Urbana resident Tauby Shimkin, 77, was able to walk without a cane for the first time in six years shortly after beginning a UI program aimed at helping people with disorders such as hers.
Shimkin, who has lived with peripheral neuropathy for years, followed instructors seemingly without effort as she participated in the Dance for Parkinson’s class April 16.
Kate Kuper, a visiting lecturer in the department of dance, leads Dance for Parkinson╒s class participants in seated exercises. Kuper said the aesthetic workout promotes a sense of self. | Photo by L. Brian Stauffer
Watching her at the barre with other students in class, it’s hard to imagine her depending on a cane.
“I had a hard time with balance,” she said. “This is good for my balance.”
She began the program this year and says the combination of coordinated movement and a non-clinical, fun atmosphere makes the class much different from other rehabilitative programs she had tried.
“I love the class,” she said.
After she began attending the classes, she amazed herself.
One exercise involves students gracefully gliding from one end of the classroom to the other in the basement of Krannert Center for the Performing Arts.
“I found myself in the middle of the floor – delightfully surprised,” she said.
For the past eight years, Krannert Center for the Performing Arts has teamed with the Mark Morris Dance Group, whose Midwest home is the UI, as well as Unity Parkinson’s Disease Support Group, Carle Clinic and Dance at Illinois to put together a workshop that was first aimed at therapeutic dance classes for patients with Parkinson’s Disease, but is now open to anyone who’d like to participate.
Instructors Marianne Jarvi and Kate Kuper, a visiting lecturer in the department of dance, have trained with the Mark Morris Dance group to be instructors for the class.
Along with traditional dance class exercises at the barre, the class includes sitting position movements that isolate specific areas of the body, stretches and simple coordinated choreographed movement.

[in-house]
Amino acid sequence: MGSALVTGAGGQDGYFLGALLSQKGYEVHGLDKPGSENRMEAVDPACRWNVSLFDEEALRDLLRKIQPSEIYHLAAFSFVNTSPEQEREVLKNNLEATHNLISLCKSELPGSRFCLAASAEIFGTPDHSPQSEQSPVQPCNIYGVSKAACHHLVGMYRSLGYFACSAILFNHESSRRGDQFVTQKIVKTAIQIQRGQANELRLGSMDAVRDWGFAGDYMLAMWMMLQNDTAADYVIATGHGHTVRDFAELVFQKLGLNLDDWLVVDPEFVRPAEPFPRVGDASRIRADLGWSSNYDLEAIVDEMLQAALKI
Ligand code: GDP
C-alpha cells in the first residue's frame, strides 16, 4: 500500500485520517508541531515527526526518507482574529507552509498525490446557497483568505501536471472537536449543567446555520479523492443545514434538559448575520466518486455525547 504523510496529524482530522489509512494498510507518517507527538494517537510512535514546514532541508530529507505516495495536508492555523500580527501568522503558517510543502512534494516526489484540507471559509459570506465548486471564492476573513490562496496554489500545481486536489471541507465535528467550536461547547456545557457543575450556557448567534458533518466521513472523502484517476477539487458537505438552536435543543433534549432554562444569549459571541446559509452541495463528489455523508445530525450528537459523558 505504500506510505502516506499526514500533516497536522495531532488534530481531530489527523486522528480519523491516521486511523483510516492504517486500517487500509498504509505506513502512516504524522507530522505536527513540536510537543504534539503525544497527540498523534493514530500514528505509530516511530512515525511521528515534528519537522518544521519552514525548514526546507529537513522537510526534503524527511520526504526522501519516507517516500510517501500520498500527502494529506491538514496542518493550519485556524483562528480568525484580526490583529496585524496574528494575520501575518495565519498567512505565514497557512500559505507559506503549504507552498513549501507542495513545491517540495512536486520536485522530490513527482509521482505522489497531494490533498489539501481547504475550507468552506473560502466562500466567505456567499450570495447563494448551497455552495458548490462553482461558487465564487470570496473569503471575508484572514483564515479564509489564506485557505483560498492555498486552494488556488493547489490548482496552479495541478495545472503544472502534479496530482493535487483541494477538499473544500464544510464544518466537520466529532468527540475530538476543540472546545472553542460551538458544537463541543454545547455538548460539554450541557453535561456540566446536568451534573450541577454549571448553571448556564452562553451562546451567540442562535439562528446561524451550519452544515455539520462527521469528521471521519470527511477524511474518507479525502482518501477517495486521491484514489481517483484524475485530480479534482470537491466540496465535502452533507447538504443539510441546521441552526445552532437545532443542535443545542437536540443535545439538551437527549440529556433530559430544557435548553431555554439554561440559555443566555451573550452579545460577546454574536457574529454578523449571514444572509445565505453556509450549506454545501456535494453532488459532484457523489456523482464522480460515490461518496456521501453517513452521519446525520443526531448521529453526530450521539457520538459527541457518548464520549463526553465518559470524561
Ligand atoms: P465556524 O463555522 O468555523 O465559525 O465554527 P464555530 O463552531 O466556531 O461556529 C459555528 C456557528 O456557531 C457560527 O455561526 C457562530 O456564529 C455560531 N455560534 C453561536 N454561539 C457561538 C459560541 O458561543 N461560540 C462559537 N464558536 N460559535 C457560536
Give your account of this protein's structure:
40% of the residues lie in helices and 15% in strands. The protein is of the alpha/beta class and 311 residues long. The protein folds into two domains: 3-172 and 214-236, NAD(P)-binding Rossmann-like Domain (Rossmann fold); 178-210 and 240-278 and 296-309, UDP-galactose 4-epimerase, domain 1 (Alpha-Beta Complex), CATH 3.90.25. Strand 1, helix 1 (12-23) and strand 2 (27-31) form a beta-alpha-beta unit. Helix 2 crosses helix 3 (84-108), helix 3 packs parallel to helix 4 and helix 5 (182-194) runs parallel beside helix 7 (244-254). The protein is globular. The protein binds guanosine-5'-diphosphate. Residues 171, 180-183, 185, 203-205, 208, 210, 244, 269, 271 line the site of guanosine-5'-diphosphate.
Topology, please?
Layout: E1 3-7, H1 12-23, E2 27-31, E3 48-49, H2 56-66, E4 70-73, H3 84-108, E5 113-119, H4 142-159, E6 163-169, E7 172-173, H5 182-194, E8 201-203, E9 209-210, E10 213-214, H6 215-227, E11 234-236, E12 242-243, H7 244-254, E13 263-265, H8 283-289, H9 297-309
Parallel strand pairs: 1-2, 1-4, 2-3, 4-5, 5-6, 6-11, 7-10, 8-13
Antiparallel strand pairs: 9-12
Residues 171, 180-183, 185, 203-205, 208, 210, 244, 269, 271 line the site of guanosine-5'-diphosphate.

Retired UI agricultural economics professor Lowell Hill and his wife, Betty – both in their 80s – have participated in the classes since they began. Lowell Hill said the movement is good for coordination and muscle strengthening. Betty, who has Parkinson’s, says the classes benefit her a great deal.
“I think it forces me to exercise,” she said.
Other class participants have friends or relatives with Parkinson’s or other disorders.
Ida Parsons was visiting the class with a family member. Parsons, who is from Canada, has a friend with Parkinson’s. As a former nurse, Parsons marveled at the class’s ability to help the patients overcome their physical challenges to perform the moves.
“It gets you out of yourself,” she said.
Jarvi normally works with children in the Creative Dance for Children program on the weekends.
She says while working with older adults, she sees dramatic changes in them as a result of the classes. Some who have tremors briefly stop the shaking as they follow the dance movement.
“They have a moment of release,” she said.
Kuper directs the Creative Dance for Children program. She calls Dance for Parkinson’s an “aesthetic” workout.
“It promotes a good sense of self,” she said, as it helps each patient use the movement to strengthen their mental abilities and have fun working with others like them.